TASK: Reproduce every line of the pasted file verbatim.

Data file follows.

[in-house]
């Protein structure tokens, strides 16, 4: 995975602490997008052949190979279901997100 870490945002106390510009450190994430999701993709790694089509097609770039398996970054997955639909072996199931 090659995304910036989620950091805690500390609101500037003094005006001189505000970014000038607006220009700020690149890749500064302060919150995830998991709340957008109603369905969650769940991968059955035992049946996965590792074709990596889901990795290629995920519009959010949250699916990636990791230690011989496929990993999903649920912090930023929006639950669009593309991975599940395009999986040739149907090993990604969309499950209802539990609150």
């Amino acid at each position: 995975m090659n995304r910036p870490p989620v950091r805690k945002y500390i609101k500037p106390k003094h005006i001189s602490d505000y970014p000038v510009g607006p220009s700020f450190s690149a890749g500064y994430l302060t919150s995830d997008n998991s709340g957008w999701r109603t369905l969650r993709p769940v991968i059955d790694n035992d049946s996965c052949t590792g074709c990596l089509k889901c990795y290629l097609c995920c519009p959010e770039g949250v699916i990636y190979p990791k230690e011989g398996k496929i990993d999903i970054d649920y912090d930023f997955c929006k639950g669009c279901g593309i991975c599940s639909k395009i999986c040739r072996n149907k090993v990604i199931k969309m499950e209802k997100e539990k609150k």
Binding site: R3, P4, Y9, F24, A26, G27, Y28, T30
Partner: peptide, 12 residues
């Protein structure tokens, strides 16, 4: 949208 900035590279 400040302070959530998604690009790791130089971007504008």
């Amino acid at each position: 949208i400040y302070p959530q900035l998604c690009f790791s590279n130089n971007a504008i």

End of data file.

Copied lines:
[in-house]
């Protein structure tokens, strides 16, 4: 995975602490997008052949190979279901997100 870490945002106390510009450190994430999701993709790694089509097609770039398996970054997955639909072996199931 090659995304910036989620950091805690500390609101500037003094005006001189505000970014000038607006220009700020690149890749500064302060919150995830998991709340957008109603369905969650769940991968059955035992049946996965590792074709990596889901990795290629995920519009959010949250699916990636990791230690011989496929990993999903649920912090930023929006639950669009593309991975599940395009999986040739149907090993990604969309499950209802539990609150």
């Amino acid at each position: 995975m090659n995304r910036p870490p989620v950091r805690k945002y500390i609101k500037p106390k003094h005006i001189s602490d505000y970014p000038v510009g607006p220009s700020f450190s690149a890749g500064y994430l302060t919150s995830d997008n998991s709340g957008w999701r109603t369905l969650r993709p769940v991968i059955d790694n035992d049946s996965c052949t590792g074709c990596l089509k889901c990795y290629l097609c995920c519009p959010e770039g949250v699916i990636y190979p990791k230690e011989g398996k496929i990993d999903i970054d649920y912090d930023f997955c929006k639950g669009c279901g593309i991975c599940s639909k395009i999986c040739r072996n149907k090993v990604i199931k969309m499950e209802k997100e539990k609150k």
Binding site: R3, P4, Y9, F24, A26, G27, Y28, T30
Partner: peptide, 12 residues
């Protein structure tokens, strides 16, 4: 949208 900035590279 400040302070959530998604690009790791130089971007504008």
């Amino acid at each position: 949208i400040y302070p959530q900035l998604c690009f790791s590279n130089n971007a504008i």